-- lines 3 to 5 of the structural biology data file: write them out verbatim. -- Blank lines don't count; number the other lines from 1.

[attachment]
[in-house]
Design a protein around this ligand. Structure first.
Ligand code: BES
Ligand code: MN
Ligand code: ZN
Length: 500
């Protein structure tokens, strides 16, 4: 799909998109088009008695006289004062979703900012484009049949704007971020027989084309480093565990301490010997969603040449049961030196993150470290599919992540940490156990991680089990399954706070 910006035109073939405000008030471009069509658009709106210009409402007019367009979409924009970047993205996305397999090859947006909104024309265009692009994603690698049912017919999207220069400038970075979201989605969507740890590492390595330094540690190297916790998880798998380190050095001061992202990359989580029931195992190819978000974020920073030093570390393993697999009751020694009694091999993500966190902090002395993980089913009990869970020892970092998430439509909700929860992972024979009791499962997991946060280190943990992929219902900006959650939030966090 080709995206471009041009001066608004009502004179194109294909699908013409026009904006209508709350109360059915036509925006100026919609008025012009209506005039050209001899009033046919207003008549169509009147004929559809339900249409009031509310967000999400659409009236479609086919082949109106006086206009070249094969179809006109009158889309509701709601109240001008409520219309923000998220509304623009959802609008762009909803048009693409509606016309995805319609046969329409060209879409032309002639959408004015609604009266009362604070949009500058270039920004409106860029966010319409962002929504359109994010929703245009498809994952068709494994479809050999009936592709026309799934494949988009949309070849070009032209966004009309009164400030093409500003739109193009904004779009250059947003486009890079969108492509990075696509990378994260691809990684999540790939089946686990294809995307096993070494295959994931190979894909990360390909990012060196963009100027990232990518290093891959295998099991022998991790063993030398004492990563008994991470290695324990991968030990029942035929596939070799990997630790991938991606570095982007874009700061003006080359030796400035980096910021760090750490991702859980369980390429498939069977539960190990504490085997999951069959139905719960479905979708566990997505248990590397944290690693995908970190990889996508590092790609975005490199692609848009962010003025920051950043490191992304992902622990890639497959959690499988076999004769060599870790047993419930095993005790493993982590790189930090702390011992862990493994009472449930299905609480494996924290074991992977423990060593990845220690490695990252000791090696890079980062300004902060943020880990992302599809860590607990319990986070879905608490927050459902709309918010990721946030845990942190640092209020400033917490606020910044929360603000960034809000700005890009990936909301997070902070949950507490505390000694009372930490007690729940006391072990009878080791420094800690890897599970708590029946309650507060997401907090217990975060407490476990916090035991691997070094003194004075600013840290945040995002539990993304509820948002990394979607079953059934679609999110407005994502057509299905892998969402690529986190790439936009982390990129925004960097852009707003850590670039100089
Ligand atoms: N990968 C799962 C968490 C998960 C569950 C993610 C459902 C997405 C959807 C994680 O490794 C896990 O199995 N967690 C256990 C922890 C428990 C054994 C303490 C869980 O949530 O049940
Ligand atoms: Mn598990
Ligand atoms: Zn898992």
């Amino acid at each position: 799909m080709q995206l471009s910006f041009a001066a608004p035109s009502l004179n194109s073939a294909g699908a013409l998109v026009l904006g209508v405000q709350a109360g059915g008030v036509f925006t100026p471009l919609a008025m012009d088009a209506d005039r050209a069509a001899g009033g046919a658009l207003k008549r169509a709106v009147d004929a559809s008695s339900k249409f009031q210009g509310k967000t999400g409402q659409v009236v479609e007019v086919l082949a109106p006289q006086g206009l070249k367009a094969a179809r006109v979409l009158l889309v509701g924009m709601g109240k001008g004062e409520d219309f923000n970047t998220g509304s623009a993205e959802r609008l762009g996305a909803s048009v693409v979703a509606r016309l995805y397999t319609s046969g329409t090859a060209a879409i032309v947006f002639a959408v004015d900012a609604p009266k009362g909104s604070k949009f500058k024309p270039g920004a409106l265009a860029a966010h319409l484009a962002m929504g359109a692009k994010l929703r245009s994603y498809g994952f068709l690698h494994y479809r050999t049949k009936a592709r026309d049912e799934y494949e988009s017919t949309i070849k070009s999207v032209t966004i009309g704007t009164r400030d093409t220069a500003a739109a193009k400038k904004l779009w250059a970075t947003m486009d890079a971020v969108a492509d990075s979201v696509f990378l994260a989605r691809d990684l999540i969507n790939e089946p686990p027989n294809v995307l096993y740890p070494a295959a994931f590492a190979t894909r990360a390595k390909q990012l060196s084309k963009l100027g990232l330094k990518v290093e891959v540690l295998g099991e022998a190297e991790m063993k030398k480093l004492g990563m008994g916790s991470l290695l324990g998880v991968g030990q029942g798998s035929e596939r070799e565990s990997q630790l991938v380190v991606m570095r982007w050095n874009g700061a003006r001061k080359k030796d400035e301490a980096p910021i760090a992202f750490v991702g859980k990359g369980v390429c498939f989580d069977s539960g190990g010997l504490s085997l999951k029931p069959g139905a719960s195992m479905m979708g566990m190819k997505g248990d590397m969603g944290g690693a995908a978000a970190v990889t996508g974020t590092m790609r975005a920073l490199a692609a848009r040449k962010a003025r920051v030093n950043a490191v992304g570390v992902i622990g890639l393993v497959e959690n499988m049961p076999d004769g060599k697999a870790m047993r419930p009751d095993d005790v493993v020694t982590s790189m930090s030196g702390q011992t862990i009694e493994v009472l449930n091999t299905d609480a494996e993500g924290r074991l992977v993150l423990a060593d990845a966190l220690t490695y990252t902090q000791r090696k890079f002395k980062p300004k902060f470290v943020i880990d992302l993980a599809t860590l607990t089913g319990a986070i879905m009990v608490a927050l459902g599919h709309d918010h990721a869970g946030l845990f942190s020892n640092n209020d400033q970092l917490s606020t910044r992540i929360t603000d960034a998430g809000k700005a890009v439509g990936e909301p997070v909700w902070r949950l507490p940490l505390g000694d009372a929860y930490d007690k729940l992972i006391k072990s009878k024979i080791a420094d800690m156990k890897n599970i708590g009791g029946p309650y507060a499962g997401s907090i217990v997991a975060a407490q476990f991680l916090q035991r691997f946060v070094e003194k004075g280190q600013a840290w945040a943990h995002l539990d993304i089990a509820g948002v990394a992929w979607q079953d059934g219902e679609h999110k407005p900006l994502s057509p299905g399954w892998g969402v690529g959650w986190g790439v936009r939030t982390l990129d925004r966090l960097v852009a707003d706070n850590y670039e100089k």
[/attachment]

Ligand code: BES
Ligand code: MN
Ligand code: ZN